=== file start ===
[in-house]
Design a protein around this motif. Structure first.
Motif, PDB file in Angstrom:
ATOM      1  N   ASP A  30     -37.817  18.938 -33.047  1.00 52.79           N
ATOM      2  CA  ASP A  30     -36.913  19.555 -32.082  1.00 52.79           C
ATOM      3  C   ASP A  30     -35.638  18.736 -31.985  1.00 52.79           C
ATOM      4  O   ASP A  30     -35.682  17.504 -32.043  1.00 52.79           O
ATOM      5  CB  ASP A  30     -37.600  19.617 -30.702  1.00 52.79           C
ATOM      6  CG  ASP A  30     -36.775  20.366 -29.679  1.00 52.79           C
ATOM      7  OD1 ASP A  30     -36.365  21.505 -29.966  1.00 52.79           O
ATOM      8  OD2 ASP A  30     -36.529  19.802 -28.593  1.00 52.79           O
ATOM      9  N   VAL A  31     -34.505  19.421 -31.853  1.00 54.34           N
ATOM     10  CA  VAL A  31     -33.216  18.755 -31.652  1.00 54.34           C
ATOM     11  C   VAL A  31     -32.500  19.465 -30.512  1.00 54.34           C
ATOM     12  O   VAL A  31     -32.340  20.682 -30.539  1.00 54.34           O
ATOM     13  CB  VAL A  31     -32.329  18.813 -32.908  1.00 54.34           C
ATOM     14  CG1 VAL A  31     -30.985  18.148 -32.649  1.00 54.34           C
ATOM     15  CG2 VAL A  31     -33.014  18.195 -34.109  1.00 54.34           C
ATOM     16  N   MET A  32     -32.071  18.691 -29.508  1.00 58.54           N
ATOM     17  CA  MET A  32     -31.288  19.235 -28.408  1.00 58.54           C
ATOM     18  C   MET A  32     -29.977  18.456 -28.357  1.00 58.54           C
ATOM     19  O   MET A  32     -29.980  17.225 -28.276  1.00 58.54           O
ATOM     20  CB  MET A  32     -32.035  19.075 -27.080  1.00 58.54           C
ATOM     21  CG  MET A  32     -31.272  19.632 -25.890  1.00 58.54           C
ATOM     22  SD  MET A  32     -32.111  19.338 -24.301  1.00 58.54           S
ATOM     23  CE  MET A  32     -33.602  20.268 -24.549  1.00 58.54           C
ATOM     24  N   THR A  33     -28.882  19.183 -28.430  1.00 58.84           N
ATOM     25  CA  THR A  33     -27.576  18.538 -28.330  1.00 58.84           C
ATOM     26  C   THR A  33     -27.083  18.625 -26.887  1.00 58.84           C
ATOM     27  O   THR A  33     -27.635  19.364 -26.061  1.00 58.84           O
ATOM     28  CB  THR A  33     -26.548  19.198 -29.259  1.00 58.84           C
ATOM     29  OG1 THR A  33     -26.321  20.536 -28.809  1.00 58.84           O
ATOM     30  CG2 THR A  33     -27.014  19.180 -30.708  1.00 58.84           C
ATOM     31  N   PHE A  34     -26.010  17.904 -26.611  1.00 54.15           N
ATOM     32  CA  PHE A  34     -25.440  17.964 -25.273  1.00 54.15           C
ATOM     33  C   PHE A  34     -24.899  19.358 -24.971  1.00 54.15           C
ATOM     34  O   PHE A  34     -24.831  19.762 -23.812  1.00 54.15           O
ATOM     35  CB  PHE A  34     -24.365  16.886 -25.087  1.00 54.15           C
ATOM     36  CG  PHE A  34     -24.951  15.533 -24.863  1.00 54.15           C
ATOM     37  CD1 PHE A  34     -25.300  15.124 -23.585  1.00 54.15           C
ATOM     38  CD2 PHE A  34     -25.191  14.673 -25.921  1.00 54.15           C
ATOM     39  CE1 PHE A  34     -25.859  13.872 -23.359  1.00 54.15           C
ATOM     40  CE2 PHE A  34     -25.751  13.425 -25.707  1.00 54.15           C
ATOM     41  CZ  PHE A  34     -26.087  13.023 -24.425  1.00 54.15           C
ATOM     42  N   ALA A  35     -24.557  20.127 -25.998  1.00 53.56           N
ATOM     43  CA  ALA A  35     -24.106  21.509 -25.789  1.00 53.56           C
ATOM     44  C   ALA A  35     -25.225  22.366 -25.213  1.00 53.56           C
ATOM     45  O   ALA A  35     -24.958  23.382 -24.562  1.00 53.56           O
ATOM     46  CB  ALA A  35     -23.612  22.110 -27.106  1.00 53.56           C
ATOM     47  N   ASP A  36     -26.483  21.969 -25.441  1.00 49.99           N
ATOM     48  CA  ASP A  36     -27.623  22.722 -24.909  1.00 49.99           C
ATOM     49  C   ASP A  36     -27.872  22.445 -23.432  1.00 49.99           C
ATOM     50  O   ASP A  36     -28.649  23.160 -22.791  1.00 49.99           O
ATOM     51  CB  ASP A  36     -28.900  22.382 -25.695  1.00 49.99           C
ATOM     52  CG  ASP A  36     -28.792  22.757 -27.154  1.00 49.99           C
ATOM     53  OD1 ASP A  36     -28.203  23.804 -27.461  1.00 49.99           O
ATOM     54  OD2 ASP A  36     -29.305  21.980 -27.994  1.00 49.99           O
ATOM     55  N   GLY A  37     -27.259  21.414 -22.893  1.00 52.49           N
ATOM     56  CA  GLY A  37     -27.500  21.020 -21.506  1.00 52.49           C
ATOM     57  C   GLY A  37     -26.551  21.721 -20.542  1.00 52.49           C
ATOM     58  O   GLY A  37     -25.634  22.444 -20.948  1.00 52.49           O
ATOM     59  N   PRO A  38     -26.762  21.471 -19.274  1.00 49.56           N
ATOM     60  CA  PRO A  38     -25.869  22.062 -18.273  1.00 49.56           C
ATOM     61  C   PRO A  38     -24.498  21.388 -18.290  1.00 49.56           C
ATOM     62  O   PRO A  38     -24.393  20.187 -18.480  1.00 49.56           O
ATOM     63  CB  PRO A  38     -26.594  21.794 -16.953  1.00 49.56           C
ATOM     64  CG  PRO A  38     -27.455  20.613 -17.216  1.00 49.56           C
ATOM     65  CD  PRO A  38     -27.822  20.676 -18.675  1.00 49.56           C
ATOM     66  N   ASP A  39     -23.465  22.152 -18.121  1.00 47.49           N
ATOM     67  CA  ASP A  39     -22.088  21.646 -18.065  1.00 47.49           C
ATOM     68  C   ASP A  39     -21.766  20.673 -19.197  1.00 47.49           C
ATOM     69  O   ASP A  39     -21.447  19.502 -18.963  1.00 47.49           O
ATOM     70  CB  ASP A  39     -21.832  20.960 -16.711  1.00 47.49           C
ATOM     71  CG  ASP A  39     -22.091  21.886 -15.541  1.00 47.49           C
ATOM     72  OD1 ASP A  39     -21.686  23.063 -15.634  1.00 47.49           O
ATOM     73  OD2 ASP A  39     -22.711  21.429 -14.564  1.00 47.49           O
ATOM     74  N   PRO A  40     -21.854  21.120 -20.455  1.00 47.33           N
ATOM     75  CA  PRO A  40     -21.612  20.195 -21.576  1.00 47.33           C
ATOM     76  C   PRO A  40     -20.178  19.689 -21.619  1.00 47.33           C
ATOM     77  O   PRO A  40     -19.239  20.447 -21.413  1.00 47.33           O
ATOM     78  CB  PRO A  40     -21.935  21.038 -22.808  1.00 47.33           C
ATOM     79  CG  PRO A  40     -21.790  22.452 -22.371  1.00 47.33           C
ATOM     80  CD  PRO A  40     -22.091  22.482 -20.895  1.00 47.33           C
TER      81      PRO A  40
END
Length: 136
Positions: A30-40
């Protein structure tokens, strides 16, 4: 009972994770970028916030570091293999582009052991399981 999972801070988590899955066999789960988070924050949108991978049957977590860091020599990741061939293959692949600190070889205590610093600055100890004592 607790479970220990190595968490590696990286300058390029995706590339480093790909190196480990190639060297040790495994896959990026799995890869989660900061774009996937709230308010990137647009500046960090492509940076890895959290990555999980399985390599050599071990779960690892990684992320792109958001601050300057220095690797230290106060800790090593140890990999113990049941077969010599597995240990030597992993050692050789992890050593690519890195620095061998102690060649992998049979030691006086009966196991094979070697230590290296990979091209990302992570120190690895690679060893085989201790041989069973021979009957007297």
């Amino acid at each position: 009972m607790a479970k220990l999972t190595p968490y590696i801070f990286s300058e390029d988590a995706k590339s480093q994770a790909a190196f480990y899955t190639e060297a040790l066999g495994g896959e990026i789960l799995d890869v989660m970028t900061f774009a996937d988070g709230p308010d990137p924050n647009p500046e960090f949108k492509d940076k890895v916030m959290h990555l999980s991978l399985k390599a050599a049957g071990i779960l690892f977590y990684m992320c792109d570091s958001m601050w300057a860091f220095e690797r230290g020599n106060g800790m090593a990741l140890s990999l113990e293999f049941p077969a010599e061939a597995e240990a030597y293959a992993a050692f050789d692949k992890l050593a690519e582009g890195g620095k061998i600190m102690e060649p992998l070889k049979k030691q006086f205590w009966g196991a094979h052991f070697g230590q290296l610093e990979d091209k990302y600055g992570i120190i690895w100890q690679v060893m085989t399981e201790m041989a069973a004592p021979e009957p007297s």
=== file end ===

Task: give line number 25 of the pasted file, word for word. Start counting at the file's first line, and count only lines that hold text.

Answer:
ATOM     22  SD  MET A  32     -32.111  19.338 -24.301  1.00 58.54           S